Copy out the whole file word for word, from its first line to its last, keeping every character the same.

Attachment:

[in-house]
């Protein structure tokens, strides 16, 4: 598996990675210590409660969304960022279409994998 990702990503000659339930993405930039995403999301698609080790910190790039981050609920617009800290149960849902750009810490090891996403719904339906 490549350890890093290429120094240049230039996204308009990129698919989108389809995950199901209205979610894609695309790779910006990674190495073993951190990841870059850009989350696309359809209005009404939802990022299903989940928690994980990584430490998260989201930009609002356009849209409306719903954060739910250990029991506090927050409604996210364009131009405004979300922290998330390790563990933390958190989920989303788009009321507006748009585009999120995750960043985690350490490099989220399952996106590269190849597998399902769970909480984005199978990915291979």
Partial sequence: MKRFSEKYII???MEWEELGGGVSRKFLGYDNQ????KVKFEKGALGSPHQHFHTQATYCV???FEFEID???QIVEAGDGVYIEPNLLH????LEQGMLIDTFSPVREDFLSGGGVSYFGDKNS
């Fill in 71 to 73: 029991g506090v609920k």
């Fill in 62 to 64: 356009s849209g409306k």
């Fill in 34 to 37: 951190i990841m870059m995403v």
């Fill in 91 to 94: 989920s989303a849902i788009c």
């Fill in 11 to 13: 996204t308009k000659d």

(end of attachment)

[in-house]
């Protein structure tokens, strides 16, 4: 598996990675210590409660969304960022279409994998 990702990503000659339930993405930039995403999301698609080790910190790039981050609920617009800290149960849902750009810490090891996403719904339906 490549350890890093290429120094240049230039996204308009990129698919989108389809995950199901209205979610894609695309790779910006990674190495073993951190990841870059850009989350696309359809209005009404939802990022299903989940928690994980990584430490998260989201930009609002356009849209409306719903954060739910250990029991506090927050409604996210364009131009405004979300922290998330390790563990933390958190989920989303788009009321507006748009585009999120995750960043985690350490490099989220399952996106590269190849597998399902769970909480984005199978990915291979």
Partial sequence: MKRFSEKYII???MEWEELGGGVSRKFLGYDNQ????KVKFEKGALGSPHQHFHTQATYCV???FEFEID???QIVEAGDGVYIEPNLLH????LEQGMLIDTFSPVREDFLSGGGVSYFGDKNS
């Fill in 71 to 73: 029991g506090v609920k």
């Fill in 62 to 64: 356009s849209g409306k």
């Fill in 34 to 37: 951190i990841m870059m995403v």
């Fill in 91 to 94: 989920s989303a849902i788009c």
């Fill in 11 to 13: 996204t308009k000659d």